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Race Relations

Constant Wonder
  • Jun 18, 2020 6:00 pm
  • 52:47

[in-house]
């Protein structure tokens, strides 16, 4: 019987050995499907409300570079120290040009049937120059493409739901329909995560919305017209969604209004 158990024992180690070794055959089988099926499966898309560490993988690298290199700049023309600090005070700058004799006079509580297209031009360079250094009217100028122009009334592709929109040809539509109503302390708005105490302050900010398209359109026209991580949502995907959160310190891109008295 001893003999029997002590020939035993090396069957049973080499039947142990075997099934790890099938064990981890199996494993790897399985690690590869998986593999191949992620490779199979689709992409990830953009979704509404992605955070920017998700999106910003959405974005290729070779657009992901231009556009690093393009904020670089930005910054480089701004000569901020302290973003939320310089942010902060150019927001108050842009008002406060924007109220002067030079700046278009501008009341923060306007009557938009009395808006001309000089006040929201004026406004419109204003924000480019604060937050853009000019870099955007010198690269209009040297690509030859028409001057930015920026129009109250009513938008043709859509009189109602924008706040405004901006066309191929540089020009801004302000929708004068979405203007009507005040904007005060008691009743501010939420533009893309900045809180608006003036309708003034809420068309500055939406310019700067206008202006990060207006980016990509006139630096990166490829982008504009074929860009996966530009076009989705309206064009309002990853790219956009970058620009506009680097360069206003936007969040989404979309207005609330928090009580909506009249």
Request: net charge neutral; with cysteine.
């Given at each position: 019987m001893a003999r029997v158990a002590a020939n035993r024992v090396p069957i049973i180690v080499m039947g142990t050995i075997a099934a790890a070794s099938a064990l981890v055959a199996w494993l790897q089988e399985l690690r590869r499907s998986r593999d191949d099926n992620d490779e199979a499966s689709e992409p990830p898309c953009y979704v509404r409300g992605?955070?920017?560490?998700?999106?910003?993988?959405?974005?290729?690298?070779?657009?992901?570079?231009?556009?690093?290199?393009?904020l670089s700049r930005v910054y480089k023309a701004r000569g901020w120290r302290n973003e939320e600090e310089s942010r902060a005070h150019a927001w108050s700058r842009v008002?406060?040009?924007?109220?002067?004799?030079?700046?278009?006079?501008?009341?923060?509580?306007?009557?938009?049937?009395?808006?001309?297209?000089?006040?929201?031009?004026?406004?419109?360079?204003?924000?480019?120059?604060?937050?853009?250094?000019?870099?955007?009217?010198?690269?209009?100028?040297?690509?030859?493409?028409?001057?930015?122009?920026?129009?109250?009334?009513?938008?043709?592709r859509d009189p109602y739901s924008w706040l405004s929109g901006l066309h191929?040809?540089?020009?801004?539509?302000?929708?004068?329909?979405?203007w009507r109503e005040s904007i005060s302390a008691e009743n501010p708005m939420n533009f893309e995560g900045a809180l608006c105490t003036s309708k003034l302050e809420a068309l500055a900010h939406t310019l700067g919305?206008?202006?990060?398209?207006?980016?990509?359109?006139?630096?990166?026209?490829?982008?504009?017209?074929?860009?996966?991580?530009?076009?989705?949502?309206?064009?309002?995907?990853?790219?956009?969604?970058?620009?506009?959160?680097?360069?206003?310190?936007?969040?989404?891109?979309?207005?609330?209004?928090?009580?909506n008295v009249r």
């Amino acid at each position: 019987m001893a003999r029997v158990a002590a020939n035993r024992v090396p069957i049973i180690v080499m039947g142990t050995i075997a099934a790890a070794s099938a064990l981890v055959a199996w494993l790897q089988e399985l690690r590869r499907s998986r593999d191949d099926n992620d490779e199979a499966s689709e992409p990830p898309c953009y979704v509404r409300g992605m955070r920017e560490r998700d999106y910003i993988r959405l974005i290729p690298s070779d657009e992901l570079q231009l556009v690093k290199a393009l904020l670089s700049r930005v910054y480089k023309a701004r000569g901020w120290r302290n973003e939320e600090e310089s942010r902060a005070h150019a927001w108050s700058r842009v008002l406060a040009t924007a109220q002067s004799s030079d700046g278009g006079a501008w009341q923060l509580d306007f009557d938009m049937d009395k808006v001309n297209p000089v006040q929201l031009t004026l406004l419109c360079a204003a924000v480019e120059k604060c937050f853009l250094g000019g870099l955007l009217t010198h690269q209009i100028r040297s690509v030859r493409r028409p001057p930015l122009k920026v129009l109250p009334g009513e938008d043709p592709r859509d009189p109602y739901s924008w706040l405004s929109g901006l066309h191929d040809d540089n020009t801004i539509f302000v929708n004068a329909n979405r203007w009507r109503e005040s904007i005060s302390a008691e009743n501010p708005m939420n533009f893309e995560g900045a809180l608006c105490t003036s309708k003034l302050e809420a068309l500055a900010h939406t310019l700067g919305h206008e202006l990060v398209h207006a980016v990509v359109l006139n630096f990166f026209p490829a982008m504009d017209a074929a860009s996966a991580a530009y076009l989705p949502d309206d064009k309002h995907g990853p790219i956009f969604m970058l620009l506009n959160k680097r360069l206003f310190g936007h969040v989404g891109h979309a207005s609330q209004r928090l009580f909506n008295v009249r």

Tulsa Race Riots of 1921 Guest: Scott Ellsworth, Lecturer, Afro-American and African Studies, University of Michigan, and author, "The Ground Breaking: An American City and Its Search for Justice" (forthcoming) 100 years ago, one of the most prosperous African-American communities in the United States flourished in Tulsa, Oklahoma, in a neighborhood known as “Black Wall Street.” Ninety-nine years ago that community was destroyed in 48 hours. How a likely innocent collision in an elevator exploded into the worst racial violence in US History. And why neither the white or black community wanted to talk about it afterwards.  Martin Luther King and Human Rights Guest: Clayborne Carson, Martin Luther King, Jr. Centennial Professor, American History, and Director, Martin Luther King, Jr., Research and Education Institute, Stanford University Martin Luther King, Jr., was the most influential American civil rights leader of the 20th century. We dive into his early years before he became a minister or activist. Professor Carson calls him "almost an accidental civil rights leader," but he was always bound to help the poor.  The Lost Story of an Enslaved Woman Who Sued for Restitution, and Won Guest: W. Caleb McDaniel, Associate Professor, History, Rice University, and author, “Sweet Taste of Liberty: A True Story of Slavery and Restitution in America” Henrietta Wood was the recipient of the largest known sum ever granted by a U.S. court in restitution for slavery, successfully suing Zebulon Ward, the man who had enslaved her, for $2,500. Her story was lost in history until a historian uncovered two interviews with her.